Every time I feel like I’ve grown past the need for validation from triple-starring a level in a puzzle game, I find myself drawn into a game like King’s latest, Pet Rescue Puzzle Saga.
Say what you will about Candy Crush Saga creator King, the Activision-owned developer knows how to make puzzle games feel good. Every time a new Something Whatever Saga game comes out, my fingers start to twitch, anticipating the colorful explosions, catchy music and cutesy animations accompanying each completed game level. The very best part comes right at the end, as the score tallies and those three stars—earned for playing the level exceptionally well—thunk, chime or bounce into place. One, two, three, I am the greatest puzzle solver of all-time.
Pet Rescue Puzzle Saga is a perfect example. The second game in the Pet Rescue Saga series, available for free on iOS and Android, the game follows Fern the Fox as she travels from level to level, saving lost pets from peril. At least that’s what King wants us to believe.
My interpretation of this tale of pet “rescue” is that Fern, like most foxes, is an opportunistic scavenger who preys on small animals and livestock. Aside from earning those glorious stars, my other impetus for playing Pet Rescue Puzzle Saga is an imagined ending where the home Fern builds for these “rescued” pets becomes a slaughterhouse as she and her litter of kits mercilessly devour puppies, froggies, monkeys and bunnies.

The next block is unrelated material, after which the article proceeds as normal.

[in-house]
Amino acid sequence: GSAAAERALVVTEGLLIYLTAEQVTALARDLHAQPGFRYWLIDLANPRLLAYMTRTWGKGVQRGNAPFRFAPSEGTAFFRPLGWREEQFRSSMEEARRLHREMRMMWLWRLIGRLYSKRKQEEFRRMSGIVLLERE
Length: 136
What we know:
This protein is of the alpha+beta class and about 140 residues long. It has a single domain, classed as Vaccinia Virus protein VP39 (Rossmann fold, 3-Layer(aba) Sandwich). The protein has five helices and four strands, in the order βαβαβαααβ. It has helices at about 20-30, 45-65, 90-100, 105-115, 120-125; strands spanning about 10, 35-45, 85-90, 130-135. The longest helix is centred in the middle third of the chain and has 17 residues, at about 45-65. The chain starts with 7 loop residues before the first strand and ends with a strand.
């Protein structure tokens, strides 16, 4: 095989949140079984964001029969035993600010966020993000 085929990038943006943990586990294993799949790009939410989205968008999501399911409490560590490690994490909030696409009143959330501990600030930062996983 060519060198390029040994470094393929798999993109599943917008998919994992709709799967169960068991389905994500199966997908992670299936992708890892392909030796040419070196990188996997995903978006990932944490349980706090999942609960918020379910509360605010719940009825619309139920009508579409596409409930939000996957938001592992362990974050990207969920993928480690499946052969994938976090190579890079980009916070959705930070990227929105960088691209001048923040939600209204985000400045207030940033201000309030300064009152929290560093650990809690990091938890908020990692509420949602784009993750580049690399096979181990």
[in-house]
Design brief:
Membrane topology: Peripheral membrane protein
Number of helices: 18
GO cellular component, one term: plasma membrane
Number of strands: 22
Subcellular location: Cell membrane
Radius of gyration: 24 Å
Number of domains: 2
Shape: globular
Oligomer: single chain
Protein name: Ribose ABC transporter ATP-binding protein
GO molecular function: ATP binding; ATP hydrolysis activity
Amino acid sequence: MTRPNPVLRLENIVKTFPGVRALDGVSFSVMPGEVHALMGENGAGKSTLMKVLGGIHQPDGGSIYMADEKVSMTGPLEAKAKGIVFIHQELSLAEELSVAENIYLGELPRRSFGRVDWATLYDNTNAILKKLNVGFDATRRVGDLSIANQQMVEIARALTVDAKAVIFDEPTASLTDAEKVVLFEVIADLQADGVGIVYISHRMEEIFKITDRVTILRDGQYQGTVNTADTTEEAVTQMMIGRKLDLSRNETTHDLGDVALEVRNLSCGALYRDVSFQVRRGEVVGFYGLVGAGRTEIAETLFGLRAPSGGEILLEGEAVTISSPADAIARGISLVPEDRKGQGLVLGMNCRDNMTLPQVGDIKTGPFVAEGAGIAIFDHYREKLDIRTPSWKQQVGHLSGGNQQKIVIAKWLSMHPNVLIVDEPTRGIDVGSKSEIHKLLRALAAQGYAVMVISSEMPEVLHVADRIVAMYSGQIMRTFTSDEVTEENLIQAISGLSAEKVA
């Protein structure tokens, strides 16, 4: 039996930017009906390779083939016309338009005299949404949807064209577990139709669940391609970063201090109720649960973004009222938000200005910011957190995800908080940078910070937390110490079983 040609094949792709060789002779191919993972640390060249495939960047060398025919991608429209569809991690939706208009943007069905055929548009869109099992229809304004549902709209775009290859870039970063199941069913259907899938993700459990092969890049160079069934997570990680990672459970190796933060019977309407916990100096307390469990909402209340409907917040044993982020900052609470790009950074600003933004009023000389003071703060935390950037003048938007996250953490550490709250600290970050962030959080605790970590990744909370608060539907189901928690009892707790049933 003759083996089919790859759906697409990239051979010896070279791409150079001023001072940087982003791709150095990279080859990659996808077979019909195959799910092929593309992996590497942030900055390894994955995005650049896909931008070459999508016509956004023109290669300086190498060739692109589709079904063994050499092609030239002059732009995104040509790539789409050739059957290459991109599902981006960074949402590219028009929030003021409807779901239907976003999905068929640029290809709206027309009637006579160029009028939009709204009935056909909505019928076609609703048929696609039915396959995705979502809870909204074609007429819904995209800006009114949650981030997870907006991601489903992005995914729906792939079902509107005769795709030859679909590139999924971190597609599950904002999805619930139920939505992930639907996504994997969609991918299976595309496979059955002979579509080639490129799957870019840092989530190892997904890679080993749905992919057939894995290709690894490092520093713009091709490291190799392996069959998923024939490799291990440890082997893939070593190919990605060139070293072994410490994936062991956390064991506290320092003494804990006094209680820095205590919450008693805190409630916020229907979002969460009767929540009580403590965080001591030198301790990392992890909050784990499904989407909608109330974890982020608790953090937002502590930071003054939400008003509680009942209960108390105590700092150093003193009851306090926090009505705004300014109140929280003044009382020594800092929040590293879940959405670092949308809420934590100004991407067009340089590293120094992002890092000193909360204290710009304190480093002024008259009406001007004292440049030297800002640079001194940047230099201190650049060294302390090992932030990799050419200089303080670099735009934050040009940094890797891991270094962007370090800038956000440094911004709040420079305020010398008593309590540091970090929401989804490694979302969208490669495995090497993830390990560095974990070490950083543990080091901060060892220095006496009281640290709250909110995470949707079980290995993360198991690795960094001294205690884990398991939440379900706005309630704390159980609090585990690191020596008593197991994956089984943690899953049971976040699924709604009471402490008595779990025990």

My head canon primed, I charge through the first several screens’ worth of match-two puzzles. Tapping two or more adjacent blocks of the same color causes them to disappear, clearing plants, breaking ice and sweeping away clouds in the process. This opens paths for my prey to reach relative safety. Do it with enough moves left over, and I earn the coveted three-star rating. Do it with enough style, consolidating colors into large groups to produce power-ups and combining those power-ups with other power-ups to create larger power-ups, and I also earn the coveted three-star rating.
Alas, that three-star feeling doesn’t last. All matching puzzle games work the same way. The first screen or two of puzzles are easy enough that just about anyone can get three stars. As the levels progress, the difficulty rises. The colored blocks aren’t forming groups as conveniently as they did at first. The ice is thicker. The clouds are darker. Fern is hungrier. Three stars become two. Then one.
I call it the failure trail, and it is inevitable. Pet Rescue Puzzle Saga doesn’t take long to go from happy, celebrating bloodthirsty vixen to sad, defeated fox, begging for gold bars so she can make one more attempt at filling her pantry.
It’s here that my journey with Fern ends. I came to the game for those three glorious stars. When they stop coming, I stop playing. There are too many match puzzle games out there for me to linger on failure. We had a good run, Pet Rescue But Secretly Being Eaten By Fox Puzzle Saga. I will seek my stars elsewhere.